When Neill Bloomkamp, the director of District 9, was attached to the Halo film, he mentioned that the plan was to have the film focus on those around Master Chief. That certainly does give a degree of gravitas to what Morgan is saying.
Of course, Crysis 2, a first-person shooter, is expected to be out later this year. So is first-person shooter Halo: Reach.
Halo needs a plot? It needs strong characters and archetypes? Huh? Let’s face facts, nobody plays Halo for the single player mode except noobs like me. See, I thought there was an interesting story mode once upon a time and then I realized that about 2/3rds through the game, there was no story. Master Chief is given an impossible mission and then he completes that mission while blowing up a ton of things in the process.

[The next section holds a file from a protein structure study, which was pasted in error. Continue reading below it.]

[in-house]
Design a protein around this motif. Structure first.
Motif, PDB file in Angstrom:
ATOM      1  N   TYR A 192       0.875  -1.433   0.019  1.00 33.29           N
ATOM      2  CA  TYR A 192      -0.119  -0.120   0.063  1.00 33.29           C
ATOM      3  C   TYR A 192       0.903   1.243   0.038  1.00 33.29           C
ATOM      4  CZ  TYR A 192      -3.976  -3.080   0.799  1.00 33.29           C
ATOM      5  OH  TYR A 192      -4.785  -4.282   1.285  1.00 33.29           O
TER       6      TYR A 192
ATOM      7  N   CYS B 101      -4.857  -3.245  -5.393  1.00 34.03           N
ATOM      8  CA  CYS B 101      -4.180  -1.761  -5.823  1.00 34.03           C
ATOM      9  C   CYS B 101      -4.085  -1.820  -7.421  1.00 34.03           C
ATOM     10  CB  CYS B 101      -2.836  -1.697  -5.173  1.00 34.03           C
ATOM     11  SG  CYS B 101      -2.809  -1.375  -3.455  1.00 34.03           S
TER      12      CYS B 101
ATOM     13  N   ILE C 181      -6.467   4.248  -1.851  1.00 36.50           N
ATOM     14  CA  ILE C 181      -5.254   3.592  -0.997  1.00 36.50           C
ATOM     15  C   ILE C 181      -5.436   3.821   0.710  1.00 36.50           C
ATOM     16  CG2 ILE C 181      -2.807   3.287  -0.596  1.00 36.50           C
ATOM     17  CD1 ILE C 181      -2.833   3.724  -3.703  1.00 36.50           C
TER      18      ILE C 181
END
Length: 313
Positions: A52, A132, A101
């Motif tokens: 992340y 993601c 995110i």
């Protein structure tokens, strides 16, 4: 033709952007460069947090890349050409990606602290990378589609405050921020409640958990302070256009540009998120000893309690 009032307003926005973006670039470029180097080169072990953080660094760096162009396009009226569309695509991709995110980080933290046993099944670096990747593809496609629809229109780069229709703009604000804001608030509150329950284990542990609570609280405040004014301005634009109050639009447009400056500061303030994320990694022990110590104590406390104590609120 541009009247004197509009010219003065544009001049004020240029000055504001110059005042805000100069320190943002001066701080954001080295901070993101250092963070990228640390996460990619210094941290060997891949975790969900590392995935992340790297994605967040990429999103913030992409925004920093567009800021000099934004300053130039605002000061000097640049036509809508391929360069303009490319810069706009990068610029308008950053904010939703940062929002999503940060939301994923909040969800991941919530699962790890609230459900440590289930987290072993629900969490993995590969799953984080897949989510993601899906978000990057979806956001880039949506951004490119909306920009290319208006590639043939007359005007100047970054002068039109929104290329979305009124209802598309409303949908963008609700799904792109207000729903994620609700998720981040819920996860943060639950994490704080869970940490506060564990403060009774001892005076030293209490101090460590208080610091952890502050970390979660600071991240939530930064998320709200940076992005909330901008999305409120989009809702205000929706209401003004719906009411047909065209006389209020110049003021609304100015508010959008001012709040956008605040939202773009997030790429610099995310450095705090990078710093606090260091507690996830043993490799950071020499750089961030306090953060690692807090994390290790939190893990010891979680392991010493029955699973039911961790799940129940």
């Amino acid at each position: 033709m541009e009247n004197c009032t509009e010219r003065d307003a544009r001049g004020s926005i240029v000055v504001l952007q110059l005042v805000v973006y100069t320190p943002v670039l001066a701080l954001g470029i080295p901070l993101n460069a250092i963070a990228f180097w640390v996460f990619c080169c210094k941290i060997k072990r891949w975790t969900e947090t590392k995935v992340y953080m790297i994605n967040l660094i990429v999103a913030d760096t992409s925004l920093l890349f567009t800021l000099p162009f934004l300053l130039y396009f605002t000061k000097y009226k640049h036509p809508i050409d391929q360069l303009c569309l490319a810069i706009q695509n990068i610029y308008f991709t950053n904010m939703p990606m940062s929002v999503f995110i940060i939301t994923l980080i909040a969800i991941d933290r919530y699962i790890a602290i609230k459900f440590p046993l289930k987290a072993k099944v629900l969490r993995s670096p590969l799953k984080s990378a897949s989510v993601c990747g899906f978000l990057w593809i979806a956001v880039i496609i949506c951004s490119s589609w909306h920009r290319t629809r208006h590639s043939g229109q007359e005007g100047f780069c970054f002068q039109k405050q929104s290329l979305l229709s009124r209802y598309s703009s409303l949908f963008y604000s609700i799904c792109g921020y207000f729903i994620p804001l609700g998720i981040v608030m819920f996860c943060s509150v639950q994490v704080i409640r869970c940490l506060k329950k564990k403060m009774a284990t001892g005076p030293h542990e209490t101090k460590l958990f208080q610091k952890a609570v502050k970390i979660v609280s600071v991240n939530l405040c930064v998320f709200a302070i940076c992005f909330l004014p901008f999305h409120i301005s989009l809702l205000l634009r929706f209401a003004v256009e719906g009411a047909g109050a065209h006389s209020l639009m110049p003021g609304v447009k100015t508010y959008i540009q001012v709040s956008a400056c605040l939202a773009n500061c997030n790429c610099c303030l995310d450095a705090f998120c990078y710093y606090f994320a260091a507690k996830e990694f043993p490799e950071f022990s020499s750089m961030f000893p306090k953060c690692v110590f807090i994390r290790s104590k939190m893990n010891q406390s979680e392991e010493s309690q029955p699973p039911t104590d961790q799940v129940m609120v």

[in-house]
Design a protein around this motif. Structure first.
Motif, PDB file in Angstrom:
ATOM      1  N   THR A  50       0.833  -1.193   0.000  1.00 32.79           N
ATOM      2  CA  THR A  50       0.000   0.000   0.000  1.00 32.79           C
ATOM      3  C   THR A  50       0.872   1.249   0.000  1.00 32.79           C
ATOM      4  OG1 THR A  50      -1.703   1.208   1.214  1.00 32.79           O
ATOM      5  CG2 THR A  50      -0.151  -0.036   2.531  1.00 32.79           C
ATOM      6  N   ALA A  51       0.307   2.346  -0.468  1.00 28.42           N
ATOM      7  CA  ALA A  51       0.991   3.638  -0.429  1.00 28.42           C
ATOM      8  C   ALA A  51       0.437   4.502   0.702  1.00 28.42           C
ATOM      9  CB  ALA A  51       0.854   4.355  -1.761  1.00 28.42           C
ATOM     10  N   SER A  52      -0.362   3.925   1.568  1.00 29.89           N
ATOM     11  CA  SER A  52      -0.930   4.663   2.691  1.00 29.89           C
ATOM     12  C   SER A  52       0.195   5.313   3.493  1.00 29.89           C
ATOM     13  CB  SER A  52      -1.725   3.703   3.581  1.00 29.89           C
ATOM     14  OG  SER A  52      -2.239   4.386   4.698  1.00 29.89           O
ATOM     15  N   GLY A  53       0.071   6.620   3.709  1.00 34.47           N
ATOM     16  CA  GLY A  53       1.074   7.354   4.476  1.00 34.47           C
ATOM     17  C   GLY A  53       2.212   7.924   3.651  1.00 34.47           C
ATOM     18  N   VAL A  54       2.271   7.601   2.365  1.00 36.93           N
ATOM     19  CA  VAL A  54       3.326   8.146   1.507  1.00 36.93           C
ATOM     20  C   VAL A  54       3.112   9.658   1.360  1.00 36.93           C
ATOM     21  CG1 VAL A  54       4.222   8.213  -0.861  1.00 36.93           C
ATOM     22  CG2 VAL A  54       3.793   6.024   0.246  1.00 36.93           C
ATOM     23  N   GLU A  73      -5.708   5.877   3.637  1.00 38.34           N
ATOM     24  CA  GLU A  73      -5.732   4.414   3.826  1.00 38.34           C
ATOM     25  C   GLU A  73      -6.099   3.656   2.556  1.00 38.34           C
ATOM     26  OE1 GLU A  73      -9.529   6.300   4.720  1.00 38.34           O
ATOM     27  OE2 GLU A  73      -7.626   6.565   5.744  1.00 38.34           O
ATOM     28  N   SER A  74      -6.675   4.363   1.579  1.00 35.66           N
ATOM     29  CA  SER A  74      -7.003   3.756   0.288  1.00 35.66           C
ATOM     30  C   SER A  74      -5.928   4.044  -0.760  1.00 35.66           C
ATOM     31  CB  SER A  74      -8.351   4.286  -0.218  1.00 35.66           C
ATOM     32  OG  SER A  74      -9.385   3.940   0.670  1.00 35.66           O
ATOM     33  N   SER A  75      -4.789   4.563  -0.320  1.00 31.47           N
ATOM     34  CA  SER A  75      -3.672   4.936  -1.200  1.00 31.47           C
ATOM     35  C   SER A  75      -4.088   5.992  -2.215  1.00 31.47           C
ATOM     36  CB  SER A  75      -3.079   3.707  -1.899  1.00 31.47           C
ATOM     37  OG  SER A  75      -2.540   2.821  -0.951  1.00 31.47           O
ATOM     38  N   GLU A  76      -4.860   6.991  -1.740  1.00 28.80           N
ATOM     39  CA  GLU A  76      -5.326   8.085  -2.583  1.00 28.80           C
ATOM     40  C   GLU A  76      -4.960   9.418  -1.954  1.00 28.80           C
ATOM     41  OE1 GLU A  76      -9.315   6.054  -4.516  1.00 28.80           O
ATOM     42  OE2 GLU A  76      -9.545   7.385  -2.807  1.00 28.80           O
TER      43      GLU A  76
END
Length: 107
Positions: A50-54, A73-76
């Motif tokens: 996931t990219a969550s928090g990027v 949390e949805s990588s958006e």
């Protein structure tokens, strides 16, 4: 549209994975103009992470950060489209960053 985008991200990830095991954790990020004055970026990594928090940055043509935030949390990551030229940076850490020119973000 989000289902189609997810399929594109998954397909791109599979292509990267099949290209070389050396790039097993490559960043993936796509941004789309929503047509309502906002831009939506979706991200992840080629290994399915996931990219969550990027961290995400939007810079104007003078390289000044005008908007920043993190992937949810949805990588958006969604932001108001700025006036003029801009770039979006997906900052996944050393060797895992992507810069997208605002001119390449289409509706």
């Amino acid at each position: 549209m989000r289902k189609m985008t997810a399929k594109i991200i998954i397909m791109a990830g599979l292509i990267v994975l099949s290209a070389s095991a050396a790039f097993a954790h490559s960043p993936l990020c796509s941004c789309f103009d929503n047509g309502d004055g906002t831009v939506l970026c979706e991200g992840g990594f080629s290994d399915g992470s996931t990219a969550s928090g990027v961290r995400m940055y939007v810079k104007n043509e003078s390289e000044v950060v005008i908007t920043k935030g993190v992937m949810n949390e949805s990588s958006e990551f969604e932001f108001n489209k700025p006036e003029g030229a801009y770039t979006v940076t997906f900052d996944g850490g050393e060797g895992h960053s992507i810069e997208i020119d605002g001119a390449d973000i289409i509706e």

This is part of the reason the Halo movie concept has been around for five years and they still haven’t pulled the trigger. Master Chief in all reality has no back story, there is nothing for movie audiences to hold onto and connect to. So, as they suggest in the article, they would have to focus the movie on those around Master Chief, not him directly.
But then again, Halo: Reach will make a bucketload more than Crysis 2 too, regardless of whether Crysis 2 has the most amazing story ever written or whether it requires the most complex graphics card ever built. But, Crysis 2 is set to come to the PS3 and Xbox 360 platforms, something that the previous game did not. So could Crysis be a true contender to the Halo franchise? We’ll have to wait until the Fall of 2010 to find out.
Good news, everyone! Ubisoft says it’s “constantly working to evolve and improve” its new “online services platform” for gamers. Awesome! What’s this “online services platform”? Why, it’s Orwellian b.s. for “DRM.”